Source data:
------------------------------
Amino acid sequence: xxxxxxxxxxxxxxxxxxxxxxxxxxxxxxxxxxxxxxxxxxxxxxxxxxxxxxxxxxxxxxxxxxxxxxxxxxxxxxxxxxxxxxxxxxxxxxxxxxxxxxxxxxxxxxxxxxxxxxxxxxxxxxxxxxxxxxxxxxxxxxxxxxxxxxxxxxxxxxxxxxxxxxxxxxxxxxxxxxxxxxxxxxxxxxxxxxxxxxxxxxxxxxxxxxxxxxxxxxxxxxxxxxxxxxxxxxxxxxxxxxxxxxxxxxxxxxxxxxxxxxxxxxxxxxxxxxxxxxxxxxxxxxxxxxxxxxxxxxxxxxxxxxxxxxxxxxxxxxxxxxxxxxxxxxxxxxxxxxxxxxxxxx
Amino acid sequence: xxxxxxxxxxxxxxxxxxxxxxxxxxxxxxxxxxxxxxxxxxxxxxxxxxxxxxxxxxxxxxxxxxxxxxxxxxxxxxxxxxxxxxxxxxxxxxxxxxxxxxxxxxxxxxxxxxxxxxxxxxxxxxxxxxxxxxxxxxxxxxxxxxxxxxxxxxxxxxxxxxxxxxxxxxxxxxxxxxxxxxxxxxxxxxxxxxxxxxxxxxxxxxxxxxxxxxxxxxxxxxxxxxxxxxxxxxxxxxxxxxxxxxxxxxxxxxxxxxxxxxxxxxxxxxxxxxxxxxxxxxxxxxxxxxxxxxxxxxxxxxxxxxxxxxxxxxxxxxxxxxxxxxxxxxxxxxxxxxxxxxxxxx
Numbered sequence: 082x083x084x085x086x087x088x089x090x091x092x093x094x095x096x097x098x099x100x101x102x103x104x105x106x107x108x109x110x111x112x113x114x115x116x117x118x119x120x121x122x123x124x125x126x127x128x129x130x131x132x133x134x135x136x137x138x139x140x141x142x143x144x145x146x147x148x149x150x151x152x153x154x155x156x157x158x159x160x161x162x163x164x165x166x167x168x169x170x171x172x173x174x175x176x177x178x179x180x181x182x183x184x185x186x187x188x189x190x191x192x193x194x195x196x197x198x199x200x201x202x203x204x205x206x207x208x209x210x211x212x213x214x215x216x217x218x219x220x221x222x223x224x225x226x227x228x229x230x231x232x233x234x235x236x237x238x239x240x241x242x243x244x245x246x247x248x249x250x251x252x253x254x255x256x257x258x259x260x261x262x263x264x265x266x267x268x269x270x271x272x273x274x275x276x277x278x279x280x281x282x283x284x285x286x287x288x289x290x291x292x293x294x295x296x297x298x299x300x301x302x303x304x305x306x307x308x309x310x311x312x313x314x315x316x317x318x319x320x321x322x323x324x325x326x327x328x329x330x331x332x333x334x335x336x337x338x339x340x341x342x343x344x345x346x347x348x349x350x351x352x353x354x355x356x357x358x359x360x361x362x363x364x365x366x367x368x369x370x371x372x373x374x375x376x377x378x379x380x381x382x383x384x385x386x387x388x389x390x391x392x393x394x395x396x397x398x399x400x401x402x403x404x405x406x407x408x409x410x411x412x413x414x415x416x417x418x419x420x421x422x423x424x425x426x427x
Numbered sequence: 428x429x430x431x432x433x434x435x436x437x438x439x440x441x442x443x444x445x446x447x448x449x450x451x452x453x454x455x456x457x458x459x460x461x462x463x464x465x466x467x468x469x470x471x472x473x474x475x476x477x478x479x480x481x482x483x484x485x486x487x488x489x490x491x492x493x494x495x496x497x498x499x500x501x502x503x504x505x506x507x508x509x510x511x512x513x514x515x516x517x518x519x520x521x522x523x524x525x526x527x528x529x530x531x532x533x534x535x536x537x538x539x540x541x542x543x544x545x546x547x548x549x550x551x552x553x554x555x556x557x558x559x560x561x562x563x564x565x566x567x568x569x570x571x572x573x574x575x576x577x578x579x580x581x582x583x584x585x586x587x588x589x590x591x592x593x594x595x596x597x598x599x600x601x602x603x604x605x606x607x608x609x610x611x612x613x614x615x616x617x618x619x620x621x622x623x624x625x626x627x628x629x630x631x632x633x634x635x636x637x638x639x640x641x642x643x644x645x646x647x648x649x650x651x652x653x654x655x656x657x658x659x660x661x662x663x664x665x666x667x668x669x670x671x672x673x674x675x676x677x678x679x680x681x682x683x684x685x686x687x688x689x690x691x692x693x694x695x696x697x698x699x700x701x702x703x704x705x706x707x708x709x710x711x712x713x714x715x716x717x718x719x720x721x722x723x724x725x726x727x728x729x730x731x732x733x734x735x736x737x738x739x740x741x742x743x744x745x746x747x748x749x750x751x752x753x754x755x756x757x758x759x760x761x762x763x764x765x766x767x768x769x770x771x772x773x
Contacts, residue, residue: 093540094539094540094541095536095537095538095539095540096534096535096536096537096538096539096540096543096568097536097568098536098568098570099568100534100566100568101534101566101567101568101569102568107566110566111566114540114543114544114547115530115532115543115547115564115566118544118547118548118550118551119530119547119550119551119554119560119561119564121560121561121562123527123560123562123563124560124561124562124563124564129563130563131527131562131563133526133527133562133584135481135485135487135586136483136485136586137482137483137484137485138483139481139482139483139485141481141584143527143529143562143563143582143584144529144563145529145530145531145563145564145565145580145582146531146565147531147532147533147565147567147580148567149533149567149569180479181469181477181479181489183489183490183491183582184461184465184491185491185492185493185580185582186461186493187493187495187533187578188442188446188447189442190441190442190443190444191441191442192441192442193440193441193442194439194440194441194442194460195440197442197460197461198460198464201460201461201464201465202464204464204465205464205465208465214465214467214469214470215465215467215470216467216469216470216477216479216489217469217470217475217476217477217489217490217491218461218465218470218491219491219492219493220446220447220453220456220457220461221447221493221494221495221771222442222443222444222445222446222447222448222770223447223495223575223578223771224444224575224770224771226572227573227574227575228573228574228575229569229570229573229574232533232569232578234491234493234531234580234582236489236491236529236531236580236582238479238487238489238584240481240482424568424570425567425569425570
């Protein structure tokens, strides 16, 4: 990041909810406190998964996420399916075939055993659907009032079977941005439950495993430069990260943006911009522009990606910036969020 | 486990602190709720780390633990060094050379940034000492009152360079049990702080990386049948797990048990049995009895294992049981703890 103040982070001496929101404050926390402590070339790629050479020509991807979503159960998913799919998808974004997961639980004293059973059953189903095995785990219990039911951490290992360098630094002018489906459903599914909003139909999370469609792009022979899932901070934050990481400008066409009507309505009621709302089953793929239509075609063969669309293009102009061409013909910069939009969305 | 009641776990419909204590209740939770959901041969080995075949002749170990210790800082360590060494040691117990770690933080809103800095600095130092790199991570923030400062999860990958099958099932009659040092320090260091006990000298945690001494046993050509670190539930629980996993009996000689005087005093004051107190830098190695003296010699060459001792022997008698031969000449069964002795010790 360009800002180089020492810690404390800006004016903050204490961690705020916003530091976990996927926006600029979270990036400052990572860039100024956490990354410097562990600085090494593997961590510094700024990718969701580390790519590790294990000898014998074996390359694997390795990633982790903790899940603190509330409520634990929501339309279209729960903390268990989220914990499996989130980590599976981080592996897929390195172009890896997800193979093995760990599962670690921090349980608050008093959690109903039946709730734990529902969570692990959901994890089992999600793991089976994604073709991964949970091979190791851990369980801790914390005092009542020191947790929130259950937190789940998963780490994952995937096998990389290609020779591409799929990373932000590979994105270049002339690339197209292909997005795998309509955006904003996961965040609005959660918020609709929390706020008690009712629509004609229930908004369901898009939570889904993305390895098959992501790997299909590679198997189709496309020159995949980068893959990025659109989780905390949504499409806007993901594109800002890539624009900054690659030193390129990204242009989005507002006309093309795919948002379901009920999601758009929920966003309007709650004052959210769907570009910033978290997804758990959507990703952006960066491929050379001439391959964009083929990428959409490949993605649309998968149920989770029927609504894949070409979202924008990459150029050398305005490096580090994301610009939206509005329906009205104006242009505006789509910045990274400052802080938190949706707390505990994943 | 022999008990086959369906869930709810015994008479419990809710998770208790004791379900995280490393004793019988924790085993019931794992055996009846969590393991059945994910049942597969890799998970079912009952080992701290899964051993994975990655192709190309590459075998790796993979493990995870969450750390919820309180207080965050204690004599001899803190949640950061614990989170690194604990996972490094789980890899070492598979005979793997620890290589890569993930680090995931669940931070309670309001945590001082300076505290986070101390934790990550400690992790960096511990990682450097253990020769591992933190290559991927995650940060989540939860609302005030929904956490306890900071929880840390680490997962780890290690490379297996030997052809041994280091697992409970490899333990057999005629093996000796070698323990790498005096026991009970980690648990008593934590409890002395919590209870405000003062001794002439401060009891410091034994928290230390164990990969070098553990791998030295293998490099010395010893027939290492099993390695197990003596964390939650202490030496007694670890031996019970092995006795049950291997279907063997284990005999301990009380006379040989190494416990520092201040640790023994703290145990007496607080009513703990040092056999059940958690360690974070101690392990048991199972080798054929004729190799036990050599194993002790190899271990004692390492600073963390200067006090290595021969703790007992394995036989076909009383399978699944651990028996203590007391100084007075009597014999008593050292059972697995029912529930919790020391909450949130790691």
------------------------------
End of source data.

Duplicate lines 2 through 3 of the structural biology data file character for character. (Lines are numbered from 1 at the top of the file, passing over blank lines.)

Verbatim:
Amino acid sequence: xxxxxxxxxxxxxxxxxxxxxxxxxxxxxxxxxxxxxxxxxxxxxxxxxxxxxxxxxxxxxxxxxxxxxxxxxxxxxxxxxxxxxxxxxxxxxxxxxxxxxxxxxxxxxxxxxxxxxxxxxxxxxxxxxxxxxxxxxxxxxxxxxxxxxxxxxxxxxxxxxxxxxxxxxxxxxxxxxxxxxxxxxxxxxxxxxxxxxxxxxxxxxxxxxxxxxxxxxxxxxxxxxxxxxxxxxxxxxxxxxxxxxxxxxxxxxxxxxxxxxxxxxxxxxxxxxxxxxxxxxxxxxxxxxxxxxxxxxxxxxxxxxxxxxxxxxxxxxxxxxxxxxxxxxxxxxxxxxxxxxxxxxx
Numbered sequence: 082x083x084x085x086x087x088x089x090x091x092x093x094x095x096x097x098x099x100x101x102x103x104x105x106x107x108x109x110x111x112x113x114x115x116x117x118x119x120x121x122x123x124x125x126x127x128x129x130x131x132x133x134x135x136x137x138x139x140x141x142x143x144x145x146x147x148x149x150x151x152x153x154x155x156x157x158x159x160x161x162x163x164x165x166x167x168x169x170x171x172x173x174x175x176x177x178x179x180x181x182x183x184x185x186x187x188x189x190x191x192x193x194x195x196x197x198x199x200x201x202x203x204x205x206x207x208x209x210x211x212x213x214x215x216x217x218x219x220x221x222x223x224x225x226x227x228x229x230x231x232x233x234x235x236x237x238x239x240x241x242x243x244x245x246x247x248x249x250x251x252x253x254x255x256x257x258x259x260x261x262x263x264x265x266x267x268x269x270x271x272x273x274x275x276x277x278x279x280x281x282x283x284x285x286x287x288x289x290x291x292x293x294x295x296x297x298x299x300x301x302x303x304x305x306x307x308x309x310x311x312x313x314x315x316x317x318x319x320x321x322x323x324x325x326x327x328x329x330x331x332x333x334x335x336x337x338x339x340x341x342x343x344x345x346x347x348x349x350x351x352x353x354x355x356x357x358x359x360x361x362x363x364x365x366x367x368x369x370x371x372x373x374x375x376x377x378x379x380x381x382x383x384x385x386x387x388x389x390x391x392x393x394x395x396x397x398x399x400x401x402x403x404x405x406x407x408x409x410x411x412x413x414x415x416x417x418x419x420x421x422x423x424x425x426x427x